We can go places and spend time there. We can revisit the same place at different times. But revisiting the same time can only be done when time is recorded in one way or the other. Now there are ways to do this, now more than ever. Yet in the 1200’s those ways were limited and in the past 800 years some of those records got lost or corrupted. When telling Genever’s origin story we are at the mercy of the doctors, the scientist and the early distillers of the 13th century, the literate few.
Forgive us if, in telling this story we play a little fast and loose with the facts. The thing is, the story has been told to many times already. What we know for a fact however is that Genever comes from the Dutch word for Juniper berry, Geneverbes. The first documented use of Juniper was in Bruges, Belgium, back when Belgium wasn’t Belgium and a war still had to be fought to unite the provinces of The Netherlands.
As a spirits enthusiast you may know juniper as one of the key ingredients in gin. And you may know gin because well you don’t live under a rock, you have a bustling social life and a keen sense of your surroundings. What I’m trying to say is; Gin is everywhere. Well, right up until the 90s of the 17th century, Genever was everywhere.
A little history lesson
Sixteensometing, the year that is, we, the Dutch plagued and plunder the earth only to set sail for home when our ships would not hold anymore booty. Just like any seafaring nation at the time, we did well, a Golden Age indeed. We were also fighting a costly war with Spain which lasted 80 years. This pressure cooker of circumstances made for a time of discovery and invention.
So the Dutch got really good at stuff. For example; distillation. In particular Genever. “Dutch Courage” it was mockingly called at the battlefront by the many English mercenaries fighting side by side with the Dutch. These guns for hire brought the malt wine and juniper distillate back to England.
Boatloads of the freshly distilled Genever were shipped across the North Sea. Then in 1690 when the demand for Genever was high, the crown intervened. In an attempt to lower their dependency on Dutch Genever production the English ended the then gilded distillers monopoly. As a result many small craft distilleries opened all over Britain. Due to a lack of expertise it wasn’t as good as the Dutch Genever, so they named it Gin.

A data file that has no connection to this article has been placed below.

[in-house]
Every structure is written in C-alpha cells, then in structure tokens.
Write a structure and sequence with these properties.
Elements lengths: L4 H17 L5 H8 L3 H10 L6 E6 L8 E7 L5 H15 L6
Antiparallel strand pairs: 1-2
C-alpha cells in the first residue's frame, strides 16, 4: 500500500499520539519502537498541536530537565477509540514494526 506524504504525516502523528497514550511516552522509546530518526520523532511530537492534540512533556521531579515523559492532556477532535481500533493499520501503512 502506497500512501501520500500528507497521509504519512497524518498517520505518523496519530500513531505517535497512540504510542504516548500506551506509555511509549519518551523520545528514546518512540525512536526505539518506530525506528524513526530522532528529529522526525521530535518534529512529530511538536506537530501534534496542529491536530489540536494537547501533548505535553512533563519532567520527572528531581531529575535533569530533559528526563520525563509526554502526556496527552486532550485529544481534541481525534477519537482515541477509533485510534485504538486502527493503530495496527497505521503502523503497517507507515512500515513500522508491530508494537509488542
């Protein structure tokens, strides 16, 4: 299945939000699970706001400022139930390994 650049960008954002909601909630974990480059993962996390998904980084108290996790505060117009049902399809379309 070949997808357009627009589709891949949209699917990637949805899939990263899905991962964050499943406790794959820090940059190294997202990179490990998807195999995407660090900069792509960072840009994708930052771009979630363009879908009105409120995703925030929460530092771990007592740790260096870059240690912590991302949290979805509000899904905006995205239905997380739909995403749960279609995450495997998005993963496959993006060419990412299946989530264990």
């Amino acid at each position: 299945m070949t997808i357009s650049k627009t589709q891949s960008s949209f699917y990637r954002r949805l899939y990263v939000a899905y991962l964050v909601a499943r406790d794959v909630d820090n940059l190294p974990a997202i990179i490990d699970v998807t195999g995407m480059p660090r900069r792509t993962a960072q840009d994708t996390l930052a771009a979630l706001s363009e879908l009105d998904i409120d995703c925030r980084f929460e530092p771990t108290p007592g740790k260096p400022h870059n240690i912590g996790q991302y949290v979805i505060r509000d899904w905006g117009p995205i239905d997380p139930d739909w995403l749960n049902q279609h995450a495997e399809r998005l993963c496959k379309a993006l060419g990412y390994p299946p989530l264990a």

Youth is wasted on the young
There are two styles of Genever Old and Young. We’ve shortly discussed the story of old Genever. Young style Genever just like old is also a child of war. Traditionally Genever contains quite some malt wine, a flavorful distillate with a rich malty taste. It was during the Second World War when shortages in grain supplies throughout the country caused distillers to get creative. They started using other products like molasses, a thick blackish waste product from sugar production as a basis for their Genevers. With this new improvised way of production two categories were born, Old- and Young or new-style Genever.
The Stillery's Ouwe
So we spent a little time talking about the stuff of old. But what makes The Stillery’s Ouwe an “Old style” Genever? Just like its name is a wonderful example of Amsterdam slang, and has not much to do with the literal meaning of Ouwe, its second meaning, as just explained, refers not to the age of the spirit inside but to the old ways of preparation.
Bureaucracy brought us some strict rules to adhere to. Old-style Genever must contain a minimum of 15% malt wine.
Since everything spelt is our M.O. we decided to use 27% spelt malt wine as a basis. The recipe further contains two kinds of Hops distillates, Amarillo and Citra which add a certain freshness to the profile. We used Poppy seeds for body and an almond distillate for warmth.
Now to add some more fuel to the blazing fire of confusement, we did age our old style Genever, called Ouwe, for one month. We used White American oak to give the spirit a touch of vanilla and a warm brown colour. You may have noticed a glimmer of green too, this comes from an extra tincture of Citra hops.
In Amsterdam, “Ey Ouwe” is something uttered in enthusiasm at first sight of an old pall, a buddy, an “ouwe pik ouwe pijp”. Freely translated “Ouwe” is like “you son of a gun”, but an “Ouwe” could also be your dad your old man, the skipper, the captain, the chief. Basically it means “old”, but don’t be offended. Get a bottle and celebrate with Ouwe
You can order straight away at the Dorstlust shop.